Teen has jaw shattered and loses teeth after vape pen explodes in his mouth

A doctor who treated Adams said he had never seen a similar incident

An American teenager has had his jaw shattered and lost several teeth after the vape pen he was using exploded in his mouth.

Austin Adams, 17, had to be driven by his mother, Kailani Burton, for more than five hours to reach the nearest hospital which could treat him.

Burton told NBC News that “Austin came in with his hand up to his mouth. He was in shock and unable to speak.”

The 45-year-old had bought the vape for her son after he had indicated that he wanted to quit smoking.

Adams had specifically chosen the model that exploded - which was manufactured by a company called VGOD.

They drove from Ely, Nevada, to a hospital in Salt Lake City in the neighbouring state of Utah - a journey of more than 240 miles.

“This child had a blast injury to his lower jaw, as well as burns around his lip,” said Dr Katie Russell, a trauma surgeon who treated Adams at Primary Children’s Hospital, where the pair ended up.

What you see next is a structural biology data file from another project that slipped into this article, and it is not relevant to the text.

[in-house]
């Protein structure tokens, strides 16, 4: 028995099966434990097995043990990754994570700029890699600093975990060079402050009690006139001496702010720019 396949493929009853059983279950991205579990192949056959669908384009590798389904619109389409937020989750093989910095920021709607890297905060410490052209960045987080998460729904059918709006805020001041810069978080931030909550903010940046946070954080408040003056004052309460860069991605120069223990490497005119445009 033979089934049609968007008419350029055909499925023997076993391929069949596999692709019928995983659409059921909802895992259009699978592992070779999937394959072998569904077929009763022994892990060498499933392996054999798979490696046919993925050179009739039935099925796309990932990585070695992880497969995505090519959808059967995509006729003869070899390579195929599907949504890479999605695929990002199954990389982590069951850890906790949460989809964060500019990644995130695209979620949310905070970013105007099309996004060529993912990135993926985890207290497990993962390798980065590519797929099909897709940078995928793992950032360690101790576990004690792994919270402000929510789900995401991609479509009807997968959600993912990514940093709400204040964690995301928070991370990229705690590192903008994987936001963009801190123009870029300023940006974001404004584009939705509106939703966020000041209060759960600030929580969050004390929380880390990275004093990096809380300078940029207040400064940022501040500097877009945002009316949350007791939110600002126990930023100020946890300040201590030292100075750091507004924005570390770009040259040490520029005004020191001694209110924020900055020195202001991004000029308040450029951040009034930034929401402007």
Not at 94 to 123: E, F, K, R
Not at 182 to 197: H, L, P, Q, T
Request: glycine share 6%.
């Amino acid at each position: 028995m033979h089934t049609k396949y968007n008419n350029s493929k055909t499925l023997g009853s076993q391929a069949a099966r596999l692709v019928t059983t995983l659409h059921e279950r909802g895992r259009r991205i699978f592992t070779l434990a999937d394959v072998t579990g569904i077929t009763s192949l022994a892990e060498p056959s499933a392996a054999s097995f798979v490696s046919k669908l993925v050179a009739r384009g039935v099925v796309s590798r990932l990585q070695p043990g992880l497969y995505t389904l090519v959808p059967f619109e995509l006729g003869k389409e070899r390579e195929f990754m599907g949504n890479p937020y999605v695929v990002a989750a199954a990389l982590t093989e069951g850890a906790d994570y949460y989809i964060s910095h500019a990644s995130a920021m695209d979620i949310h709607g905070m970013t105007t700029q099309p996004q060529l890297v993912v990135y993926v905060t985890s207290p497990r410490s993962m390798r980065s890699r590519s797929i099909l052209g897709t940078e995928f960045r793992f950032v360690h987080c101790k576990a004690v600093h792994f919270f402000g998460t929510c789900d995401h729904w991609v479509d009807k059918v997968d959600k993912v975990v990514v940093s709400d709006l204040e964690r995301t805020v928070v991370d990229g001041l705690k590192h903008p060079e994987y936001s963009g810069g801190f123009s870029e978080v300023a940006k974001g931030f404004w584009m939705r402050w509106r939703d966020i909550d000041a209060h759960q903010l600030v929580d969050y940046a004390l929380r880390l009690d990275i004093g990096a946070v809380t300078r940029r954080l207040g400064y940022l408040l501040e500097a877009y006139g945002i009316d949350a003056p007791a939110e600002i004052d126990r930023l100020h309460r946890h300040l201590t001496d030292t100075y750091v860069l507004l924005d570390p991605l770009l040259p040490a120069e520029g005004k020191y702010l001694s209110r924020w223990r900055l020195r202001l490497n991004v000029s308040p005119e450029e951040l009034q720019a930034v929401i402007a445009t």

The accident was “totally unexpected," Russell told NBC News. “[Adams] didn’t recall doing anything wrong with the device beforehand, and it just exploded."

Another doctor, Dr Jonathan Skirko, who treated Adams said that it was the first time he had ever seen such an injury.

“His injury was fairly extensive where he had lost several teeth. There was not really much tissue along his gum line where the teeth sit either,” Skirko said.

Austin Adams lost several teeth after the vape pen exploded in his mouth

“I deal with lots of jaw fractures and have seen lots of really exotic trauma, like grizzly bear attack or riding a motorcycle ... I’ve seen all kinds of crazy stuff,” he added. “[But] I’ve never seen an e-cigarette explode.”

The US Food and Drink Administration (FDA) has recently completed guidance for companies making electronic cigarettes.

It suggests that batteries should be redesigned to make them less likely to overheat.

"The FDA encourages manufacturers interested in making modifications to address battery safety issues to contact the agency to discuss options on how they can do so in a timely fashion and the FDA will consider each situation on a case-by-case basis," an FDA spokesman told NBC News.